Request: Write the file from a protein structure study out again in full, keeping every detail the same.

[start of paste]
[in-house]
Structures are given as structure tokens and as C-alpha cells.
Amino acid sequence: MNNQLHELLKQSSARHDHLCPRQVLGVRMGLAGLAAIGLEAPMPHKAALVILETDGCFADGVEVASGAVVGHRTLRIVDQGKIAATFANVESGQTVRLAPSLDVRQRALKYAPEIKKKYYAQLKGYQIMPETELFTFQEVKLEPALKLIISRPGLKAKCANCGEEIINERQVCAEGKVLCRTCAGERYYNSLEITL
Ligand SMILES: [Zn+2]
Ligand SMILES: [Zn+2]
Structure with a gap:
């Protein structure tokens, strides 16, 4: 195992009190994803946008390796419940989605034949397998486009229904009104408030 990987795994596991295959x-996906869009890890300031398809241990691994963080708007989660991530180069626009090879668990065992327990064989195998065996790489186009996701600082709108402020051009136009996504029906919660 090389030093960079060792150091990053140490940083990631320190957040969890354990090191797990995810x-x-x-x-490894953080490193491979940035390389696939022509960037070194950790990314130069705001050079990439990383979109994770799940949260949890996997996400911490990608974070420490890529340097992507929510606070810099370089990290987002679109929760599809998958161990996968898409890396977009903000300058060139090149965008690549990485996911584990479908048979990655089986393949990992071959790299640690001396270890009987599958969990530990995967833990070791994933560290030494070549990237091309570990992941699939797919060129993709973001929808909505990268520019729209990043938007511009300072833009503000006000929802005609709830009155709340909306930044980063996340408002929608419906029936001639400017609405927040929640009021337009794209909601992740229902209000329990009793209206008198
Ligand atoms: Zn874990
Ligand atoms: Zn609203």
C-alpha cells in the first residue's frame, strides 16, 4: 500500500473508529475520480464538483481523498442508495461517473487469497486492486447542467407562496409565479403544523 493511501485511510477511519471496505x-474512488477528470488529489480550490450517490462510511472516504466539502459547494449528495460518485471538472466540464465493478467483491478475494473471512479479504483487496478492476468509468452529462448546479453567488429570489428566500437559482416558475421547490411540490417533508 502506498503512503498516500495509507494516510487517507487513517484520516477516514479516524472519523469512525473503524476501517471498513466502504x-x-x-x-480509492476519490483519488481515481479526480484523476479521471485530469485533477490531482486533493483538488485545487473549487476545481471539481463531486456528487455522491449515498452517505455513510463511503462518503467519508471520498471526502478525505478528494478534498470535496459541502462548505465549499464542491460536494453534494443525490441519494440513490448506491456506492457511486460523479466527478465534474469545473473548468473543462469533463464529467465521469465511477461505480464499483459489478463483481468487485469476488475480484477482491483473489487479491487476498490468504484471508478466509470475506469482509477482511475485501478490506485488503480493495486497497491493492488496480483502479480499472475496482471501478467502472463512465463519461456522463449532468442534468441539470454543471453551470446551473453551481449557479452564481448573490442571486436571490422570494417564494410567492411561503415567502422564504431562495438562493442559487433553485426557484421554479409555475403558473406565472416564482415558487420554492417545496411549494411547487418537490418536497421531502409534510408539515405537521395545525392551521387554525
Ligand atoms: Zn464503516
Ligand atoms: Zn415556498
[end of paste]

[in-house]
Structures are given as structure tokens and as C-alpha cells.
Amino acid sequence: MNNQLHELLKQSSARHDHLCPRQVLGVRMGLAGLAAIGLEAPMPHKAALVILETDGCFADGVEVASGAVVGHRTLRIVDQGKIAATFANVESGQTVRLAPSLDVRQRALKYAPEIKKKYYAQLKGYQIMPETELFTFQEVKLEPALKLIISRPGLKAKCANCGEEIINERQVCAEGKVLCRTCAGERYYNSLEITL
Ligand SMILES: [Zn+2]
Ligand SMILES: [Zn+2]
Structure with a gap:
């Protein structure tokens, strides 16, 4: 195992009190994803946008390796419940989605034949397998486009229904009104408030 990987795994596991295959x-996906869009890890300031398809241990691994963080708007989660991530180069626009090879668990065992327990064989195998065996790489186009996701600082709108402020051009136009996504029906919660 090389030093960079060792150091990053140490940083990631320190957040969890354990090191797990995810x-x-x-x-490894953080490193491979940035390389696939022509960037070194950790990314130069705001050079990439990383979109994770799940949260949890996997996400911490990608974070420490890529340097992507929510606070810099370089990290987002679109929760599809998958161990996968898409890396977009903000300058060139090149965008690549990485996911584990479908048979990655089986393949990992071959790299640690001396270890009987599958969990530990995967833990070791994933560290030494070549990237091309570990992941699939797919060129993709973001929808909505990268520019729209990043938007511009300072833009503000006000929802005609709830009155709340909306930044980063996340408002929608419906029936001639400017609405927040929640009021337009794209909601992740229902209000329990009793209206008198
Ligand atoms: Zn874990
Ligand atoms: Zn609203």
C-alpha cells in the first residue's frame, strides 16, 4: 500500500473508529475520480464538483481523498442508495461517473487469497486492486447542467407562496409565479403544523 493511501485511510477511519471496505x-474512488477528470488529489480550490450517490462510511472516504466539502459547494449528495460518485471538472466540464465493478467483491478475494473471512479479504483487496478492476468509468452529462448546479453567488429570489428566500437559482416558475421547490411540490417533508 502506498503512503498516500495509507494516510487517507487513517484520516477516514479516524472519523469512525473503524476501517471498513466502504x-x-x-x-480509492476519490483519488481515481479526480484523476479521471485530469485533477490531482486533493483538488485545487473549487476545481471539481463531486456528487455522491449515498452517505455513510463511503462518503467519508471520498471526502478525505478528494478534498470535496459541502462548505465549499464542491460536494453534494443525490441519494440513490448506491456506492457511486460523479466527478465534474469545473473548468473543462469533463464529467465521469465511477461505480464499483459489478463483481468487485469476488475480484477482491483473489487479491487476498490468504484471508478466509470475506469482509477482511475485501478490506485488503480493495486497497491493492488496480483502479480499472475496482471501478467502472463512465463519461456522463449532468442534468441539470454543471453551470446551473453551481449557479452564481448573490442571486436571490422570494417564494410567492411561503415567502422564504431562495438562493442559487433553485426557484421554479409555475403558473406565472416564482415558487420554492417545496411549494411547487418537490418536497421531502409534510408539515405537521395545525392551521387554525
Ligand atoms: Zn464503516
Ligand atoms: Zn415556498